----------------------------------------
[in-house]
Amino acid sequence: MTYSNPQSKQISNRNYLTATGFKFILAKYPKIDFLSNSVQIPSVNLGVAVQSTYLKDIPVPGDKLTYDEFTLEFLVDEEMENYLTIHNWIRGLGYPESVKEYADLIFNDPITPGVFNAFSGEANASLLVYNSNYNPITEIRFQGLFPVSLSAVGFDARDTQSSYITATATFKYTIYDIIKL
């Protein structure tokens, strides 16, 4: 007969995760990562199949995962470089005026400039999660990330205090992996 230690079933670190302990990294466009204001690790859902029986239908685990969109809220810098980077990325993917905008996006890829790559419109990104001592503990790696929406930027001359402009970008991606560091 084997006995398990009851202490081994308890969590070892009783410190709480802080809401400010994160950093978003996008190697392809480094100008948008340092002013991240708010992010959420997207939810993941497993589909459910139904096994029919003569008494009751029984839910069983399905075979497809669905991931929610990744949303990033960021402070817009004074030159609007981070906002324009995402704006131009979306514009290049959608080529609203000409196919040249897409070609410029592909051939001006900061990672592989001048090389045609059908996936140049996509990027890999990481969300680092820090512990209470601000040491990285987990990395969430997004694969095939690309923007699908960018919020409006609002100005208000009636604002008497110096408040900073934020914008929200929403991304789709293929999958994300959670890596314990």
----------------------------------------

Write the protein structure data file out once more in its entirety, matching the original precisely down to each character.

[in-house]
Amino acid sequence: MTYSNPQSKQISNRNYLTATGFKFILAKYPKIDFLSNSVQIPSVNLGVAVQSTYLKDIPVPGDKLTYDEFTLEFLVDEEMENYLTIHNWIRGLGYPESVKEYADLIFNDPITPGVFNAFSGEANASLLVYNSNYNPITEIRFQGLFPVSLSAVGFDARDTQSSYITATATFKYTIYDIIKL
């Protein structure tokens, strides 16, 4: 007969995760990562199949995962470089005026400039999660990330205090992996 230690079933670190302990990294466009204001690790859902029986239908685990969109809220810098980077990325993917905008996006890829790559419109990104001592503990790696929406930027001359402009970008991606560091 084997006995398990009851202490081994308890969590070892009783410190709480802080809401400010994160950093978003996008190697392809480094100008948008340092002013991240708010992010959420997207939810993941497993589909459910139904096994029919003569008494009751029984839910069983399905075979497809669905991931929610990744949303990033960021402070817009004074030159609007981070906002324009995402704006131009979306514009290049959608080529609203000409196919040249897409070609410029592909051939001006900061990672592989001048090389045609059908996936140049996509990027890999990481969300680092820090512990209470601000040491990285987990990395969430997004694969095939690309923007699908960018919020409006609002100005208000009636604002008497110096408040900073934020914008929200929403991304789709293929999958994300959670890596314990």